Sorry you are having problems.
 
Old 01-21-2006, 05:47 PM   #9
linmix
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Quote:
Originally Posted by DanTaylor
First off, I wouldn't trust a secretary with linux unless you know them VERY well. There is just too much for them to mess up.
I couldn't disagree more! A normal user on a linux box with typical user rights and no root access could only mess up his own setup and only if he really tried.
Security is what linux is all about. I've seen it used in libraries and cyber cafes and believe me, I've tried to get in and simply see what the system was like, and there was no way to do any serious harm to the system. Not for a normal user, no matter how inept.
 
Old 01-21-2006, 06:05 PM   #10
Tinkster
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Quote:
Originally Posted by Radiolarian
Several years ago I tried Linux and felt it wasn't ready. I had been reading more and about a year ago decided it was time again. Mandrake was much better at hardware recognition and I thought "This could be good!" Having played more and more at it and getting an external modem I was able to get online and things were looking up. SUSE looked even more promising and was actually easy to install.
Well, now is the time for Linux to be usable, so I have been trying to get it to fax things. Everything I have tried isn't working with mgetty, sendfas, kdeprintfax, hylafax, etc.. Faxing shouldn't be that hard (Windows can do it!). I need a GUI so that a secretary can just type a document and fax it - as simple as that.
Well things are getting busy and I need a computer to work. I don't have time to learn and configure things. So I guess I'll leave Linux for now and try later.
It's been nice chatting with you! Take care.
Well, you have the whole slant wrong ...

What you SHOULD have said is
Quote:
Several years ago I tried Linux and felt I wasn't ready.
;)


Cheers,
Tink
 
Old 01-22-2006, 12:59 AM   #11
KimVette
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Red face

Quote:
Originally Posted by DanTaylor
First off, I wouldn't trust a secretary with linux unless you know them VERY well. There is just too much for them to mess up.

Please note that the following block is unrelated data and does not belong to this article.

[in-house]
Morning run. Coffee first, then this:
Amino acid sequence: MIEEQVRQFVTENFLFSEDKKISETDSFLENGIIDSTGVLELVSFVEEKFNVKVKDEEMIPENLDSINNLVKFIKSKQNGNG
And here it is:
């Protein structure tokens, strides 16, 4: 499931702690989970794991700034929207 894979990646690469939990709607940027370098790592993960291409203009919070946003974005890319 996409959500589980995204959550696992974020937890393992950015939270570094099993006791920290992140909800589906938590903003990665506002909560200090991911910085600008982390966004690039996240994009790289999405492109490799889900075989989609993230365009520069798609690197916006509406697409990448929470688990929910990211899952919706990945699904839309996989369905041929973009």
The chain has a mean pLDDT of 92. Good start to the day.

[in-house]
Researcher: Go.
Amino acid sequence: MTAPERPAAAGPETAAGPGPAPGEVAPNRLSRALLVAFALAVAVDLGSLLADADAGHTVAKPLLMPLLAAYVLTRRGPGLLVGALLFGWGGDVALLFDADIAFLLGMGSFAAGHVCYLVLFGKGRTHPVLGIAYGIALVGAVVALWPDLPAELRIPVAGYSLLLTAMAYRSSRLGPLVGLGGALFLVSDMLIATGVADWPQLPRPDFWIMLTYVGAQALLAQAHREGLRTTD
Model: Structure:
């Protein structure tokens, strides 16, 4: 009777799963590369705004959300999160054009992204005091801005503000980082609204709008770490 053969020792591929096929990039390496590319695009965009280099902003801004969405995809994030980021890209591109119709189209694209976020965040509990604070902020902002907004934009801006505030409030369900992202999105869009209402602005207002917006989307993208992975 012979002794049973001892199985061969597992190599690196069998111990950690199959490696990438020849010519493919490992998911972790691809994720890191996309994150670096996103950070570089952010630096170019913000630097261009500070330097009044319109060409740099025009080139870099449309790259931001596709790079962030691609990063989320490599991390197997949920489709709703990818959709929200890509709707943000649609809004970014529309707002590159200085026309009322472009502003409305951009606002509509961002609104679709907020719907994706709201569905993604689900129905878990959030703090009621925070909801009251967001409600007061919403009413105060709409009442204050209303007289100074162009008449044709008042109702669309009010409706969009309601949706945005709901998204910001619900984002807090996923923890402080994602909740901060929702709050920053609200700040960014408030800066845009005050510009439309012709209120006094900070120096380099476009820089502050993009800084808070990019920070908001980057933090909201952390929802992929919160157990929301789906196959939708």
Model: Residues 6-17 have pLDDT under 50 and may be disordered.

I wouldn't trust a secretary with Windows you know them VERY well. There is just too much for them to mess up and Windows' security model (as implemented in practice, not in theory) makes it very easy for them to totally fudge up the works.
 
Old 01-22-2006, 09:46 AM   #12
pixellany
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I don't know what kind of environment you are in, but I find that secretaries are often better with computers than many engineers.

When you set up a system for someone who is "Not going to learn ANYTHING about computers, thank you very much"---they are going to get in the same trouble with Windows or Linux. In Linux, I think it is easier to set up safeguards.

one thing I REALLY like: I'm running Ubuntu 5.10 with 3 login screens and three users. ctrl-alt-f7,f8,f9 to switch users and noone's work gets messed up by someone else.
 
Old 01-22-2006, 05:29 PM   #13
DanTaylor
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Quote:
Originally Posted by linmix
I couldn't disagree more! A normal user on a linux box with typical user rights and no root access could only mess up his own setup and only if he really tried.
True, but I have seen people with only user privileges mess up a system pretty badly. Sometimes people who are curious stumble onto dangerous things.

Last edited by DanTaylor; 01-22-2006 at 05:32 PM.
 
Old 01-22-2006, 06:08 PM   #14
Ha1f
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Its probably easier to stumble on dangerous things in Windows...I can see it now--

"Registry?! Someones registering my movements! DELETE!! DELETE!!"
 
Old 01-23-2006, 03:54 AM   #15
linmix
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Quote:
Originally Posted by DanTaylor
True, but I have seen people with only user privileges mess up a system pretty badly. Sometimes people who are curious stumble onto dangerous things.
If they can mess up the system they have too many privilegfes or the system isn't properly set up.
If accidental or intentional deleting of user files is deemed to be a danger efficient backups need to be configured.
Linux is only as vulnerable as you let it be.